Music & Entertainment
Lesson time 24:17 min
Hans creates music diaries to each film to help him along. Learn how and why he does it as he walks through his diary for Sherlock Holmes.
Topics include: Hans's Process • Music Diary
This is my prison. This is the room I spend 98% of my life in. Because that's all I really do. I go home. I come here. I love writing music. So what have I got in front of me? It's my computer. And it makes all sorts of-- I think the novelty that people don't realize that a computer can play any type of instrument, I think that's sort of gone by now. So in front of me is my virtual orchestra basically, because that's how I work. So the way I work is after a lot of procrastination, I have to sit down, and eventually you have to start somewhere. And this usually means I have to put the glasses on, because I can't see the screen anymore. And after having a conversation with the director and sort of knowing where this film is going, I just start writing my ideas down in a sort of diary type fashion, where every day I just move forward in this piece. And it starts somewhere, and it's trying to find the theme or trying to find a vibe or trying to find a mood or something like this. But everyday I just add to it. I don't go back and revise things. Because sometimes, things that you discarded weeks earlier, you suddenly remember and go, hang on a second. It was a terrible idea at the time, but actually turns out it's quite cool. So the way that I work is I sort of know the movie pretty well. Or I know it as well as you can at this point where a movie doesn't really exist other than in the head of the director, scenes are being shot, et cetera. But I do need to go and start fishing around for some material. You come from a conversation with the director, and you're all enthusiastic, because it's all new possibilities, opportunities, great ideas, et cetera. And then you get into this room, and you sit in front of this, and it's all gone, and you just go, oh my god, I have no idea what to do. But you need the courage of starting somewhere. So the first marker says intro, because it needs to start somewhere. You know, and I'm pretty sure I remember what I did. I think the first thing I literally did was just put this line in because I thought-- [OMINOUS BASS AND PERCUSSION] I just knew that. I sort of heard it in my head. And the thing about this piece is it's not a piece. It literally is a diary. You can see how my ideas slowly sort of firm up. You know, and I was going, oh, OK, hang on a second. This would be cool if I did it on a clarinet, so the next marker is called clarinet. [CLARINET MELODY] Since this is literally my process here-- so I mean with Sherlock it starts fairly hesitantly as I'm trying to figure this all out. So I knew I had to go and find something dark. I knew I had to go and find something remarkable or something good enough for our villain. And really this whole thing is just sort of literally presents my thought process. Where up here you see little markers floating around, which are my me...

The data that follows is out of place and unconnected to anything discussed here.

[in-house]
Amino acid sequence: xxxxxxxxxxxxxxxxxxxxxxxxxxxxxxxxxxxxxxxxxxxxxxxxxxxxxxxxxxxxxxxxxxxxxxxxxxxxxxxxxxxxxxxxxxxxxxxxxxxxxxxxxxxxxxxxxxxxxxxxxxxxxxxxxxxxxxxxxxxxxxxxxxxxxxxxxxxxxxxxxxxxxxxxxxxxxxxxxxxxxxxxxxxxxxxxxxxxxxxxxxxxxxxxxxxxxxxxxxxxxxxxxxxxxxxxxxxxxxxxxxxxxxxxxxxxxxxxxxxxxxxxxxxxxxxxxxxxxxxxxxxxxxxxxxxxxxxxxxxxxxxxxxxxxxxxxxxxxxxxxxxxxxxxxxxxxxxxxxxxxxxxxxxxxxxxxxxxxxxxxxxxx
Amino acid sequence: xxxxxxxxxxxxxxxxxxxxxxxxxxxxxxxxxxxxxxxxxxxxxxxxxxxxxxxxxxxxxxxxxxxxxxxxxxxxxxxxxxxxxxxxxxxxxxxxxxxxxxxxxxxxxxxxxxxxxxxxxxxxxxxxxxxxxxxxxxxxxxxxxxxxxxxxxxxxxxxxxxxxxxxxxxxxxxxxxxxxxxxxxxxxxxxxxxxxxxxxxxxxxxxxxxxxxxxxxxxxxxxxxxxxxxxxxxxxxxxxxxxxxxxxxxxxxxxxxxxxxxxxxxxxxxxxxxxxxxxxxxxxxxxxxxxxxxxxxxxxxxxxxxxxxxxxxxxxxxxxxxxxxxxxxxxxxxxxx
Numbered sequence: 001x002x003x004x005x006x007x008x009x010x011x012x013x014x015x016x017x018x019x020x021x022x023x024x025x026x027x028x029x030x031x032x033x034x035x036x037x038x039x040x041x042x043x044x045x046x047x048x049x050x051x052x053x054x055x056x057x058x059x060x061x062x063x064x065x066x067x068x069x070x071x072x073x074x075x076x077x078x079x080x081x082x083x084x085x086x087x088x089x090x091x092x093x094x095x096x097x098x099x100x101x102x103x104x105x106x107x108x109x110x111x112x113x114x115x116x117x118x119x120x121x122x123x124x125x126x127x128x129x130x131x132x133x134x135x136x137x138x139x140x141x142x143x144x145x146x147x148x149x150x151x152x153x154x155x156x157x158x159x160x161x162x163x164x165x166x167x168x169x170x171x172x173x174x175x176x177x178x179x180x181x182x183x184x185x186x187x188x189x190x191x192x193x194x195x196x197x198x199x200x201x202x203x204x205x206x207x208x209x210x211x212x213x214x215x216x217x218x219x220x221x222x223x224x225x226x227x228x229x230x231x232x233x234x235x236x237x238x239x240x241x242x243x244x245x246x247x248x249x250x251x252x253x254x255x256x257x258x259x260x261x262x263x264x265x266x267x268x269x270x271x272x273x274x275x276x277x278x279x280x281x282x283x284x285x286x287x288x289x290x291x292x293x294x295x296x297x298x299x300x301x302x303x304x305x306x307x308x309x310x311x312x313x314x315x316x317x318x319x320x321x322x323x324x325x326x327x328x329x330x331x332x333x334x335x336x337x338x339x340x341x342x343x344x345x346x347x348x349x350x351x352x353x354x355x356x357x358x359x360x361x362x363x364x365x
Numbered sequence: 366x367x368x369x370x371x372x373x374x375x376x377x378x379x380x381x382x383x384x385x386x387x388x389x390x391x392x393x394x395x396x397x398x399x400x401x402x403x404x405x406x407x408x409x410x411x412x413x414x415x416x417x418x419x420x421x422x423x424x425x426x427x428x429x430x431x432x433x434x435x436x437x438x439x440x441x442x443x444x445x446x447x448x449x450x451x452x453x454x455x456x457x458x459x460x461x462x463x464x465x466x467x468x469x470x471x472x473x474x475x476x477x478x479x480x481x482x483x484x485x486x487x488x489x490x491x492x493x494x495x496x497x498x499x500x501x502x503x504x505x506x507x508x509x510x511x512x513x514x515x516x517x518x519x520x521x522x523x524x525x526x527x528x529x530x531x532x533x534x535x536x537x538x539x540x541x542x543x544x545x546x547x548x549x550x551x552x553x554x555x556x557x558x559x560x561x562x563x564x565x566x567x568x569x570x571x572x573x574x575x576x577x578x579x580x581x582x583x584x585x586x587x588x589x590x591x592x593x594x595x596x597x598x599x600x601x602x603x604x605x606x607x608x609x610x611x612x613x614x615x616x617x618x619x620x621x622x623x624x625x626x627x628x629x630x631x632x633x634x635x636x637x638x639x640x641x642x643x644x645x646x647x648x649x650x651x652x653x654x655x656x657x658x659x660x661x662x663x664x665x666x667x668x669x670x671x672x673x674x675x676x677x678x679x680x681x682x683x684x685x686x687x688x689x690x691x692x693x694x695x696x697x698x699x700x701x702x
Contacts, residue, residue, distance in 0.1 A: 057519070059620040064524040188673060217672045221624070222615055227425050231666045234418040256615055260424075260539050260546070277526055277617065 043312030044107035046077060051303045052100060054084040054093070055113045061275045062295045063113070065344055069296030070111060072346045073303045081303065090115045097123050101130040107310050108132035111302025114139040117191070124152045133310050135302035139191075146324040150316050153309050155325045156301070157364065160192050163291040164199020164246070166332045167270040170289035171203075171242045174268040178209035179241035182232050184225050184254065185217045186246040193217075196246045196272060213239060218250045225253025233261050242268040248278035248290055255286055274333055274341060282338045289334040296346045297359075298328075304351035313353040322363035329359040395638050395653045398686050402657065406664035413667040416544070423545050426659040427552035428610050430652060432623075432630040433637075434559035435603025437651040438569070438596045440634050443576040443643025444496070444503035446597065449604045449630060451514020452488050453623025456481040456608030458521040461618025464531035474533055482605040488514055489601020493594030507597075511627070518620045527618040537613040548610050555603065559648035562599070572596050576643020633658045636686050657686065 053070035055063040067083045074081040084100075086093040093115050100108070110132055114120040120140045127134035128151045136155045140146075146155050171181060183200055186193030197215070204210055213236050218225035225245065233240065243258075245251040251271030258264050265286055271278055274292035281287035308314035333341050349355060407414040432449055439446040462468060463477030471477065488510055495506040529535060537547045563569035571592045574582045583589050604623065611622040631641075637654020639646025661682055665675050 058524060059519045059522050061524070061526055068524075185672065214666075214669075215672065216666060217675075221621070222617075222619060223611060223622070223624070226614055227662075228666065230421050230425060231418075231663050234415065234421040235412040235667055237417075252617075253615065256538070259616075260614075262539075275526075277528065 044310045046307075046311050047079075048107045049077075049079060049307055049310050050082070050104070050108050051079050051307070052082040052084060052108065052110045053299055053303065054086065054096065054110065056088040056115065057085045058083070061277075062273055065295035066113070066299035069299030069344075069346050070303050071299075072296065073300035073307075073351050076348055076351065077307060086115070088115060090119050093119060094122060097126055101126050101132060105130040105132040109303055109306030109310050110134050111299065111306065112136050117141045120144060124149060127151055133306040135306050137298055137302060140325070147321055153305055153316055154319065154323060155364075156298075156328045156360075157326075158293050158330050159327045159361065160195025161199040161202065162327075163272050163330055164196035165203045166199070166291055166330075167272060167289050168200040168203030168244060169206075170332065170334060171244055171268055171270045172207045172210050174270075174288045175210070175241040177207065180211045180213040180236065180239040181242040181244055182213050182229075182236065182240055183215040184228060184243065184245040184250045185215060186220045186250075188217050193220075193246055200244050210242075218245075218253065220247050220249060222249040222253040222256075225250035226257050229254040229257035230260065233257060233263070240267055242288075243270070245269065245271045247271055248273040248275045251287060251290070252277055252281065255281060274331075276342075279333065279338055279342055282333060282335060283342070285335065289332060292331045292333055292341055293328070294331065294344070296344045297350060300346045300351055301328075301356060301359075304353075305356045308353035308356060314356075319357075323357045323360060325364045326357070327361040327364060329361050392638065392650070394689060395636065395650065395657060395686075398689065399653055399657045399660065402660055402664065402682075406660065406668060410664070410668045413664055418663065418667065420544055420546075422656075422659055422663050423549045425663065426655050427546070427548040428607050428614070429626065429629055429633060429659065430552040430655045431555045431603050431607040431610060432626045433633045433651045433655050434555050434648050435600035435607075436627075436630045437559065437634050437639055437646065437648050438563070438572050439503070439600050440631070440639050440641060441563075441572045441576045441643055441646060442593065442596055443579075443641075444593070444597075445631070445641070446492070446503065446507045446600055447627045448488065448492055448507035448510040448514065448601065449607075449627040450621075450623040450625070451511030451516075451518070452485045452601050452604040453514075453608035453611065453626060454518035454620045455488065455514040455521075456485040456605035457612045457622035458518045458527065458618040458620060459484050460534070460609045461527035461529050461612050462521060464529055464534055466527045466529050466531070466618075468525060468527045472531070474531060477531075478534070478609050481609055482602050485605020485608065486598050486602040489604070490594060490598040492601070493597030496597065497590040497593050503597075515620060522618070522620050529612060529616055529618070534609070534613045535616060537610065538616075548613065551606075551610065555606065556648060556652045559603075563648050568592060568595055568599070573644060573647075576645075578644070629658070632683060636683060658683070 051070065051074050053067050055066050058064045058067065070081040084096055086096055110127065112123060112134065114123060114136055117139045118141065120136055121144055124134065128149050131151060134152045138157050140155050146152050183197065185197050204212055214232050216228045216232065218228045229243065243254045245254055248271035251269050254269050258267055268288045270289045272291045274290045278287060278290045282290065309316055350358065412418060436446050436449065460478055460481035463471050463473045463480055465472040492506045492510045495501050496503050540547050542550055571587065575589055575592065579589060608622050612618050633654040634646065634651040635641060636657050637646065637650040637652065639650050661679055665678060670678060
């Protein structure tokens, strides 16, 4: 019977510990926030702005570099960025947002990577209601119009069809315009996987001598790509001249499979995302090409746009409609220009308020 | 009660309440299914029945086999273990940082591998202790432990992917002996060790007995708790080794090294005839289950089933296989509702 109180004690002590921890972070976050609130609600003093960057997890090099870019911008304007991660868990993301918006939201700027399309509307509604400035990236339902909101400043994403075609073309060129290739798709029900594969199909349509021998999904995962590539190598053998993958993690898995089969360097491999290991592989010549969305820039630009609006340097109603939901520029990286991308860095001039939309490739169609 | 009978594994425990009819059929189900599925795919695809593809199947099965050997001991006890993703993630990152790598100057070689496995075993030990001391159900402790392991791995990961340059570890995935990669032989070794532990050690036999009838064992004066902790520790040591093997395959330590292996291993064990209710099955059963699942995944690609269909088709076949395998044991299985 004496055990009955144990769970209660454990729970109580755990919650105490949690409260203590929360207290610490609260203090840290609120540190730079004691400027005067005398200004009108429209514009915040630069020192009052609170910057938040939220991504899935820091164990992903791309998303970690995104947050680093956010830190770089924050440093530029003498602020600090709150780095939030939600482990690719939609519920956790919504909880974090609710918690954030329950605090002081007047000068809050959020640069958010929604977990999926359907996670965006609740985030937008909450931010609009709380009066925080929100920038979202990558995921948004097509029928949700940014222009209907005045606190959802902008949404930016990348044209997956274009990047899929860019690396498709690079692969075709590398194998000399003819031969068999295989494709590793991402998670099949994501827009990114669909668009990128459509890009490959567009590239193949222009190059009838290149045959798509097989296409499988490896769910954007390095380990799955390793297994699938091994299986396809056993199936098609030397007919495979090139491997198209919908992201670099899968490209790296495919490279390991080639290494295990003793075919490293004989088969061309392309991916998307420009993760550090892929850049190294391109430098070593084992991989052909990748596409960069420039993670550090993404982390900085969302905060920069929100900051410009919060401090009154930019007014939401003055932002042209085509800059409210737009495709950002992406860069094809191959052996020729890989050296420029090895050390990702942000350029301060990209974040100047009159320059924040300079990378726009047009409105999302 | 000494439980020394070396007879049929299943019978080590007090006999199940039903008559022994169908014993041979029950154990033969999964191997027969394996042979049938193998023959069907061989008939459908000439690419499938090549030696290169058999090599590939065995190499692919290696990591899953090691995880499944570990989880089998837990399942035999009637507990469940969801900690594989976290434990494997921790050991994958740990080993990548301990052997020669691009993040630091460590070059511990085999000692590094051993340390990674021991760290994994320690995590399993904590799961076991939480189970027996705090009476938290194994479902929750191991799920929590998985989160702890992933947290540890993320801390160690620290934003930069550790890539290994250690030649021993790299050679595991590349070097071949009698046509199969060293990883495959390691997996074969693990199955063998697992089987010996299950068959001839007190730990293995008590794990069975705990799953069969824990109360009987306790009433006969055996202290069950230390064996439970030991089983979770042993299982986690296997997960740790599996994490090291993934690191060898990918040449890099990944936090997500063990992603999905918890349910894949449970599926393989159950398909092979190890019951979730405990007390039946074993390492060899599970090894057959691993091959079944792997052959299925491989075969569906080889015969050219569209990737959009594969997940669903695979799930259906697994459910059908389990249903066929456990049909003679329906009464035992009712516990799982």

Hans Zimmer didn’t see a film until he was 12 years old. Since then, he’s scored over 150 films, including Inception, The Lion King, and The Dark Knight. In his MasterClass, the self-taught Academy Award-winner teaches how he creates sounds from nothing, composes compelling character themes, and scores a movie before ever seeing it. By the end, you’ll have everything you need to start film scoring.
It has reminded me to focus on the power of story telling in everything I do. It has given me inspiration to keep composing and hope that I am on the right track with my music
It's inspiring and driving,giving you the conceptual tools to move forward and experience life through music. Thank you Mr.Zimmer,thank you Hans...
This MasterClass showed me how to take a passion with both hands and never let go. It applies to film scoring, but also pretty much anything you do in this world. It was truely inspiring and hopefully it made me a better person. Like he said, those seconds are ticking away... Better do something with my life. Thank you very much Hanz.
This has been the best of the classes so far!